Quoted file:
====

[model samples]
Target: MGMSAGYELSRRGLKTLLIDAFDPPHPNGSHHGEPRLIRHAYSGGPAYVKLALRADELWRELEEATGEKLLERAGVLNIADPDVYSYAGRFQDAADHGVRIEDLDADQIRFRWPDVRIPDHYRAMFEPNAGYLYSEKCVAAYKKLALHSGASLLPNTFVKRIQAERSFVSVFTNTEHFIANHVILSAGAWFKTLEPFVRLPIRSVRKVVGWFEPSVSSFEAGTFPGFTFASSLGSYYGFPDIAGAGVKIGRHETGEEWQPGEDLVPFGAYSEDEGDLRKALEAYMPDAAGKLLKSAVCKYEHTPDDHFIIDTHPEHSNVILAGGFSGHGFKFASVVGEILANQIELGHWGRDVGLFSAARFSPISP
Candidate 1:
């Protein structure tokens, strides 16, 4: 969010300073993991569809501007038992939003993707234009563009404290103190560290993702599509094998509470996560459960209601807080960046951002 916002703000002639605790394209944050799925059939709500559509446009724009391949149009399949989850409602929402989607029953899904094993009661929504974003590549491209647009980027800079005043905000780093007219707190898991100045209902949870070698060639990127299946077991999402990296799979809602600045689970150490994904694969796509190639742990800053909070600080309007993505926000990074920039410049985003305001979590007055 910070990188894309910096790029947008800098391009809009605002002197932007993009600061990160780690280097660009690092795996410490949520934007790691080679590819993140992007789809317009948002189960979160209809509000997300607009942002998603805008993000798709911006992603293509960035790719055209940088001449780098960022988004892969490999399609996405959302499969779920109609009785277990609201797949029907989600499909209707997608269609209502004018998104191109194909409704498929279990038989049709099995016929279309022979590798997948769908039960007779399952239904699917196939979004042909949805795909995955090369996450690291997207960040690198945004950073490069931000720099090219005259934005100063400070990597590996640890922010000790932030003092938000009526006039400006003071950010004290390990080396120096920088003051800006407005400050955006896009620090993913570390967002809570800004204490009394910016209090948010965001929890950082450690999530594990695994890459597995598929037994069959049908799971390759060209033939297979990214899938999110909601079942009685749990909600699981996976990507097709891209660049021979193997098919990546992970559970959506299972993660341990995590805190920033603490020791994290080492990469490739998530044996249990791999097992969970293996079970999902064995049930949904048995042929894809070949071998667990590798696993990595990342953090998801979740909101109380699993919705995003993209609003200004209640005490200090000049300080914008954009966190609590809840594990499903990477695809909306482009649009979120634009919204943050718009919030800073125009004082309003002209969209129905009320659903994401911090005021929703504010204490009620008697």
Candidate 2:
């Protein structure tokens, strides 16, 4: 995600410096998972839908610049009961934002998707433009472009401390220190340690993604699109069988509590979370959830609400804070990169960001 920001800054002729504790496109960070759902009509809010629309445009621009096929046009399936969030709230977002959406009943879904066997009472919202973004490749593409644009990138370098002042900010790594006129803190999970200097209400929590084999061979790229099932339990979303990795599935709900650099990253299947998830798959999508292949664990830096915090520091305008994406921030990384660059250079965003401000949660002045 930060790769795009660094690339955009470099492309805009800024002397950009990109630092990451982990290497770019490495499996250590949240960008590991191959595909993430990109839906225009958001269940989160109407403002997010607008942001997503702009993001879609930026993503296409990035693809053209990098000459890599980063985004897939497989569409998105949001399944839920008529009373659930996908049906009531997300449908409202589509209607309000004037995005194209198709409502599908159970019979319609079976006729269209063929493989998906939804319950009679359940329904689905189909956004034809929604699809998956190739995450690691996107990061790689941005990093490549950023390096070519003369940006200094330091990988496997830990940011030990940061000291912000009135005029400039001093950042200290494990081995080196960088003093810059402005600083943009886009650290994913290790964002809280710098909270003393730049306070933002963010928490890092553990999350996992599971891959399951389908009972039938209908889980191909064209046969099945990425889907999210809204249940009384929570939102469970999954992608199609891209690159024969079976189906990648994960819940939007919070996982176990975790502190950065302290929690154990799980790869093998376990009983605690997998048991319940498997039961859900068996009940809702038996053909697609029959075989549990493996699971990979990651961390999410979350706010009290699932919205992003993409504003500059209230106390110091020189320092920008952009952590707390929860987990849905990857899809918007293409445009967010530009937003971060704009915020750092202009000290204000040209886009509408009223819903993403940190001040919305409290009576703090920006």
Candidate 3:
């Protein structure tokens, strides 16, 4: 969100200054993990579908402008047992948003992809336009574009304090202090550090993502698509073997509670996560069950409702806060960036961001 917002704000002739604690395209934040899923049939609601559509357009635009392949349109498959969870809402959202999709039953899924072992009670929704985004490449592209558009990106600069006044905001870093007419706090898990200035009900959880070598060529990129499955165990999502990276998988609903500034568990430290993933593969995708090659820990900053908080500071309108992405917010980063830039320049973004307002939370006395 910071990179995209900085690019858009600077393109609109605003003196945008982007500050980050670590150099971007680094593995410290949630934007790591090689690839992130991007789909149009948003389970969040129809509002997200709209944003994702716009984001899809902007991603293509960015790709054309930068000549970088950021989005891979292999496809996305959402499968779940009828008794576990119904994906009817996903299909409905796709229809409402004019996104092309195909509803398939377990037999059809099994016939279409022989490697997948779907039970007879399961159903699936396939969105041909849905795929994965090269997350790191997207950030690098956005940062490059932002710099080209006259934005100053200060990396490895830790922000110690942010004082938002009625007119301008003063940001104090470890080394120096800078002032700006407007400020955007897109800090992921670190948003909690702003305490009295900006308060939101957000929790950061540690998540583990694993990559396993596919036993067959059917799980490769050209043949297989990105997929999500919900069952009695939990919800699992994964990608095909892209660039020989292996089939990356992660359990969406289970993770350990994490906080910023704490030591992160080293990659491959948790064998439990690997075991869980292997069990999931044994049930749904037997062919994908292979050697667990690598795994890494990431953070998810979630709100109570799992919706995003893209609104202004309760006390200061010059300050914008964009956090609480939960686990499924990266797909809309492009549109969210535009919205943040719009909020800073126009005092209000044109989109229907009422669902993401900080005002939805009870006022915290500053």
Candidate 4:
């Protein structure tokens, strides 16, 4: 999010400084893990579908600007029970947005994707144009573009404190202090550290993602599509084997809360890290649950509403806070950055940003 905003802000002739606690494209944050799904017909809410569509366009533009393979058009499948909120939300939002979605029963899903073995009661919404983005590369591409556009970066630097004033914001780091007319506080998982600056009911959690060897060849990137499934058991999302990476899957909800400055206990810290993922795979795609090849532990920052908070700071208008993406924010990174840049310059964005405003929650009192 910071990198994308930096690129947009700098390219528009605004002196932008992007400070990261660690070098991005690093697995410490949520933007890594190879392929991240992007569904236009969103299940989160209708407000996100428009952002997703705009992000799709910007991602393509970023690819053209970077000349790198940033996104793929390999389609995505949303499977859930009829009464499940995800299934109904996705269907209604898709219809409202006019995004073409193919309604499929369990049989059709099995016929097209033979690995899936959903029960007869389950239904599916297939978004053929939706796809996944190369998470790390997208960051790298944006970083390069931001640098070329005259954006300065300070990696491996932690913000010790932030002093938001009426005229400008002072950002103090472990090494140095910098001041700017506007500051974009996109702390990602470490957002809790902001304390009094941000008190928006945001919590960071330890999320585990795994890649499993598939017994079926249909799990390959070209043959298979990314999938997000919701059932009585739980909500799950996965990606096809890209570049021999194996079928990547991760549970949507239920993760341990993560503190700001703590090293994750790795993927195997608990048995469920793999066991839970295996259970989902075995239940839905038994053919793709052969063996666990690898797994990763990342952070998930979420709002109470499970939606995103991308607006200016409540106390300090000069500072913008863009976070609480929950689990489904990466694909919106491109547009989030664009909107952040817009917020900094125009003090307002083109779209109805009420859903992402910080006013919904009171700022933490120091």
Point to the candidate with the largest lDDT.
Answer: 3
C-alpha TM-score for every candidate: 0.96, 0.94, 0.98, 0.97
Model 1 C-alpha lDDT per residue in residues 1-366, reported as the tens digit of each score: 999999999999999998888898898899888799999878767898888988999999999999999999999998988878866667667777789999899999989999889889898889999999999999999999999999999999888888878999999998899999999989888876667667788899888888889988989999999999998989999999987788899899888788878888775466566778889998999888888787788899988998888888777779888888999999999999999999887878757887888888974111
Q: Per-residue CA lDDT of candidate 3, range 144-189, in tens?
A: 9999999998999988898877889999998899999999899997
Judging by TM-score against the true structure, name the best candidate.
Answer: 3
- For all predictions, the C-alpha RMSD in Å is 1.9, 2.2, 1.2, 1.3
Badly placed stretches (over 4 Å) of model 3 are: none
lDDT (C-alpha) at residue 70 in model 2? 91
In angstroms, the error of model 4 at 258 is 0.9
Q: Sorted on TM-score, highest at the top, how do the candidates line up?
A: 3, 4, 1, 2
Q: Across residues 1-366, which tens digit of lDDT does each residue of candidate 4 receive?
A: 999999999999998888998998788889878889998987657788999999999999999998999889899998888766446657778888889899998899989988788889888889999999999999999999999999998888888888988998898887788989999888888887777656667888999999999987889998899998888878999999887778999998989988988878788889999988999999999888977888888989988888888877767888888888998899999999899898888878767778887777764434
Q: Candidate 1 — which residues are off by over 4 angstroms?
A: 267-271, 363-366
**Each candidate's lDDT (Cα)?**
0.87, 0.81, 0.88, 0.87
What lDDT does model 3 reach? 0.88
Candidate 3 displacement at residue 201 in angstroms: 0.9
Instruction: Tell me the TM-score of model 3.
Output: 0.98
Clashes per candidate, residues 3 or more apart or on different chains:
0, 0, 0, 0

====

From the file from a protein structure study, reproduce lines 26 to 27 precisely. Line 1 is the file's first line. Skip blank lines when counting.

A: 999999999999998888998998788889878889998987657788999999999999999998999889899998888766446657778888889899998899989988788889888889999999999999999999999999998888888888988998898887788989999888888887777656667888999999999987889998899998888878999999887778999998989988988878788889999988999999999888977888888989988888888877767888888888998899999999899898888878767778887777764434
Q: Candidate 1 — which residues are off by over 4 angstroms?